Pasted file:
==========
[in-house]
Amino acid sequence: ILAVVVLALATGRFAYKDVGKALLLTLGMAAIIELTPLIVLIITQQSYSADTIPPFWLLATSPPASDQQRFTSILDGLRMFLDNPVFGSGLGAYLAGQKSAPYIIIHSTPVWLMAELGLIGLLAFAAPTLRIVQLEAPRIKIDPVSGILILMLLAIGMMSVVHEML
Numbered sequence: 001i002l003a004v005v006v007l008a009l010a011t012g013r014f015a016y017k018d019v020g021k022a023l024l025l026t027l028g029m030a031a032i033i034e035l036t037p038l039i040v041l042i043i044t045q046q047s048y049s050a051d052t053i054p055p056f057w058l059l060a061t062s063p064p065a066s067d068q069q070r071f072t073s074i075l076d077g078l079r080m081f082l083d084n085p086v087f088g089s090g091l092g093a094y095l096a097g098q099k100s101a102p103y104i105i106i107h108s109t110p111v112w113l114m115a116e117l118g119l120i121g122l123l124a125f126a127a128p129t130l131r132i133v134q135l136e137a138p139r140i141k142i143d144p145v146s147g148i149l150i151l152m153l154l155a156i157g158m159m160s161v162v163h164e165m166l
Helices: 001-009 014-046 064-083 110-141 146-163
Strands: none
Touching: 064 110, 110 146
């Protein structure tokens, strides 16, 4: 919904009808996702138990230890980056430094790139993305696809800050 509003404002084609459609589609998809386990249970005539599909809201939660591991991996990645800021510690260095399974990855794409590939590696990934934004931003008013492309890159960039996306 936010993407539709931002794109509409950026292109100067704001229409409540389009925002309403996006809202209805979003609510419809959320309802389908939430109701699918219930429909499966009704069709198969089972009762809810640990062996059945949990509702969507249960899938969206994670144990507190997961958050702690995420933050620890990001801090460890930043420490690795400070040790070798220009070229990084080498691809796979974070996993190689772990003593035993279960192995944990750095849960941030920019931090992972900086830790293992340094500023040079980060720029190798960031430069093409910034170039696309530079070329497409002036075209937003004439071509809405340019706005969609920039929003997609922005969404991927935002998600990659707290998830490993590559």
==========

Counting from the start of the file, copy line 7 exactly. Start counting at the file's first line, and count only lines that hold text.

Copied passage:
């Protein structure tokens, strides 16, 4: 919904009808996702138990230890980056430094790139993305696809800050 509003404002084609459609589609998809386990249970005539599909809201939660591991991996990645800021510690260095399974990855794409590939590696990934934004931003008013492309890159960039996306 936010993407539709931002794109509409950026292109100067704001229409409540389009925002309403996006809202209805979003609510419809959320309802389908939430109701699918219930429909499966009704069709198969089972009762809810640990062996059945949990509702969507249960899938969206994670144990507190997961958050702690995420933050620890990001801090460890930043420490690795400070040790070798220009070229990084080498691809796979974070996993190689772990003593035993279960192995944990750095849960941030920019931090992972900086830790293992340094500023040079980060720029190798960031430069093409910034170039696309530079070329497409002036075209937003004439071509809405340019706005969609920039929003997609922005969404991927935002998600990659707290998830490993590559």